“’Cause you’re hot, then you’re cold
You’re yes, then you’re no
You’re in, then you’re out
You’re up, then you’re down.”
While we realize Katy Perry is singing about love gone wrong in her hit song, “Hot N Cold,” she might as well be talking about “spring” weather in New England. Is it just us or has this year been even wackier than usual? Sixty-degree days in February had us hitting the golf course, while 15-degree days in March had us reaching for the electric blanket.
You know it’s spring in New England when:
- The temperature on any given day ranges from 20 to 60, and then back again, which means you’re opting for the layered look more as a means of survival than as a wardrobe statement.
- A trip to the grocery store runs amok when you mistakenly think grilling weather is actually here to stay. Oh well, another pound of hot dogs destined for the trash.
- You have mixed emotions about scoring tickets to opening day at Fenway Park because you’re just not sure if you can stand nine innings at 45 degrees with intermittent drizzle.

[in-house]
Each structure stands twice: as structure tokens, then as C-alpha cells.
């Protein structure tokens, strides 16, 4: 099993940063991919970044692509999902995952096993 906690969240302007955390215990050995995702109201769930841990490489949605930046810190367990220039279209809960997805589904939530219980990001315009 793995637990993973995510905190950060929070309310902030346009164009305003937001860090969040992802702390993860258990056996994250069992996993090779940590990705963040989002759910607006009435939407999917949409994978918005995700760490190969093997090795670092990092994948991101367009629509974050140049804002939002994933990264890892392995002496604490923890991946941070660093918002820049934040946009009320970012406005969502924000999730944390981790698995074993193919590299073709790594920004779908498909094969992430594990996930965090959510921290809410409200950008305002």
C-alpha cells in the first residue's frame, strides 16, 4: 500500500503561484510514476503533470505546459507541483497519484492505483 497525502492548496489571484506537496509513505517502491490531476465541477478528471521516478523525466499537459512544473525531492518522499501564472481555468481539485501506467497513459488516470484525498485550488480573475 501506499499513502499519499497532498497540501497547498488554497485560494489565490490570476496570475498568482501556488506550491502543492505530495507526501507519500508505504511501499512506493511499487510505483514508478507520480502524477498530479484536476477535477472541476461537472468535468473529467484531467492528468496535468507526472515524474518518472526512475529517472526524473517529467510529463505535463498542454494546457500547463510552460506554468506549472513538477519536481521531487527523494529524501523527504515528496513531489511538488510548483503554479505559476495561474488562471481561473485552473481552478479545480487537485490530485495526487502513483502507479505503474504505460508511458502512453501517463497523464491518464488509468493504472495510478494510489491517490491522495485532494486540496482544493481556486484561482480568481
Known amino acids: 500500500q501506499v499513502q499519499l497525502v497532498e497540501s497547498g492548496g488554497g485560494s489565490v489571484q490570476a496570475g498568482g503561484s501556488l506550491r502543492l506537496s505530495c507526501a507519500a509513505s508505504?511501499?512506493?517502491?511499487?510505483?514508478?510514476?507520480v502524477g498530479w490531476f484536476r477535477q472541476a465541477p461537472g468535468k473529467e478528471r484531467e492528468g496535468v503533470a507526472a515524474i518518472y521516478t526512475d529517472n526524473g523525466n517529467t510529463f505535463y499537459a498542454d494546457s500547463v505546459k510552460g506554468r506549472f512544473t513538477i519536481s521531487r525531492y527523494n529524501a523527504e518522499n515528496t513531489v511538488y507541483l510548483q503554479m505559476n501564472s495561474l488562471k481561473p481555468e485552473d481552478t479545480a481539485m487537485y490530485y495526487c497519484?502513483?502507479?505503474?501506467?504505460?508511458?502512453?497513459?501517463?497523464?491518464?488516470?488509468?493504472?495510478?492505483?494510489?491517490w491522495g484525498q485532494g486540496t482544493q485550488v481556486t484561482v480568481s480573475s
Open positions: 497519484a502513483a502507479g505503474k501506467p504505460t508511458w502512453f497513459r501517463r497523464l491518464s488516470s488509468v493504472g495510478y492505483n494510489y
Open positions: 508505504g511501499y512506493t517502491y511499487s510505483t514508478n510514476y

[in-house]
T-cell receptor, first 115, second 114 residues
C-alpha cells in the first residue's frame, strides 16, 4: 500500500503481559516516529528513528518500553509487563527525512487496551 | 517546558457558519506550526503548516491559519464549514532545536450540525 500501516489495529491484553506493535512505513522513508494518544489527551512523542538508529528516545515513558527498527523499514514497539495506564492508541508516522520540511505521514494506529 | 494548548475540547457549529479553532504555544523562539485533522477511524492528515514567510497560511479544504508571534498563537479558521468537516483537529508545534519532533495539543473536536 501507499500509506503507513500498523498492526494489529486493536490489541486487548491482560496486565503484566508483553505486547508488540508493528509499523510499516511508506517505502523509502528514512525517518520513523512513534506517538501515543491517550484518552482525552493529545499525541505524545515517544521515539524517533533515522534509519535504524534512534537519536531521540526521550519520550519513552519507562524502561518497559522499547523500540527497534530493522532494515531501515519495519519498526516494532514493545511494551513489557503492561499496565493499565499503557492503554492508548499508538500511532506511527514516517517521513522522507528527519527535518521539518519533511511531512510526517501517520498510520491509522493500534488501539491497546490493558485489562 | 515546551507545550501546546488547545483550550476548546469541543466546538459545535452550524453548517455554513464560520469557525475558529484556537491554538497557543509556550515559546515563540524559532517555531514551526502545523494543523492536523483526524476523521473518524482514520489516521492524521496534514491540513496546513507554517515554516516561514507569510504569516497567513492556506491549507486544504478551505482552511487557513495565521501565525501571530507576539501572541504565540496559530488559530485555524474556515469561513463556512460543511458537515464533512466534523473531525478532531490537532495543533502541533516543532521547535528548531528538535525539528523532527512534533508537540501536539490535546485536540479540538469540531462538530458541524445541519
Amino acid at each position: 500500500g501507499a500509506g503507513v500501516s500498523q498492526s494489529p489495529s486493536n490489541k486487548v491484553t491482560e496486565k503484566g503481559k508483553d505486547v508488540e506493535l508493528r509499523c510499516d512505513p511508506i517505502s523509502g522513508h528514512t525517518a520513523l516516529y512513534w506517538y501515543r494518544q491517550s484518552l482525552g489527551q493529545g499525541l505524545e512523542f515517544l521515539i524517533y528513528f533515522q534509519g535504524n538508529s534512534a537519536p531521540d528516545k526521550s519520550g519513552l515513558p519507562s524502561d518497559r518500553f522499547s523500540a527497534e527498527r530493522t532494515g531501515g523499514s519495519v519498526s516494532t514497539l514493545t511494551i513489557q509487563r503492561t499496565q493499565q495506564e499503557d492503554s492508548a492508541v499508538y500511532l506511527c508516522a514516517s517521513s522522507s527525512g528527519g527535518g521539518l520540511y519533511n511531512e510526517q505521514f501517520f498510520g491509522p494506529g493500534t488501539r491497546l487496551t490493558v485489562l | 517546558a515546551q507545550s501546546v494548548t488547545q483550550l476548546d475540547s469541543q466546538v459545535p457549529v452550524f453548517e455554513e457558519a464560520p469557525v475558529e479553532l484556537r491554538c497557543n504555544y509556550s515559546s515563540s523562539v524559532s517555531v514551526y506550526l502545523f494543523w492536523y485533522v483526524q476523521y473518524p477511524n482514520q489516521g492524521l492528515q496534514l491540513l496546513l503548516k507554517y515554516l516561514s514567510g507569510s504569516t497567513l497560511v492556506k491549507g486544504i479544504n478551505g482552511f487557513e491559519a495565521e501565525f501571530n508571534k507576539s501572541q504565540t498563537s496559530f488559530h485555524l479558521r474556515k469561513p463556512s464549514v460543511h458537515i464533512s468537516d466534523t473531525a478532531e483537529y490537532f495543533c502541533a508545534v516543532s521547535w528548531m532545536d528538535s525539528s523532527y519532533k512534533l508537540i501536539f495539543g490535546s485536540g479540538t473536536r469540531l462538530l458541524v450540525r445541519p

- A trip to the package store takes twice as long because seasonality plays a big part in the beer you choose. Deciding between an IPA and a lager is not something you take likely.
- Ever a believer in the Boy Scout motto of “Be prepared,” there’s a beach towel next to the bag of ice melt in the trunk of your car.
- Deciding between hot coffee and iced coffee causes a ridiculous amount of anxiety during your daily visit to Dunkin’ Donuts. Oh wait, this is New England. We drink iced coffee year-round. Never mind.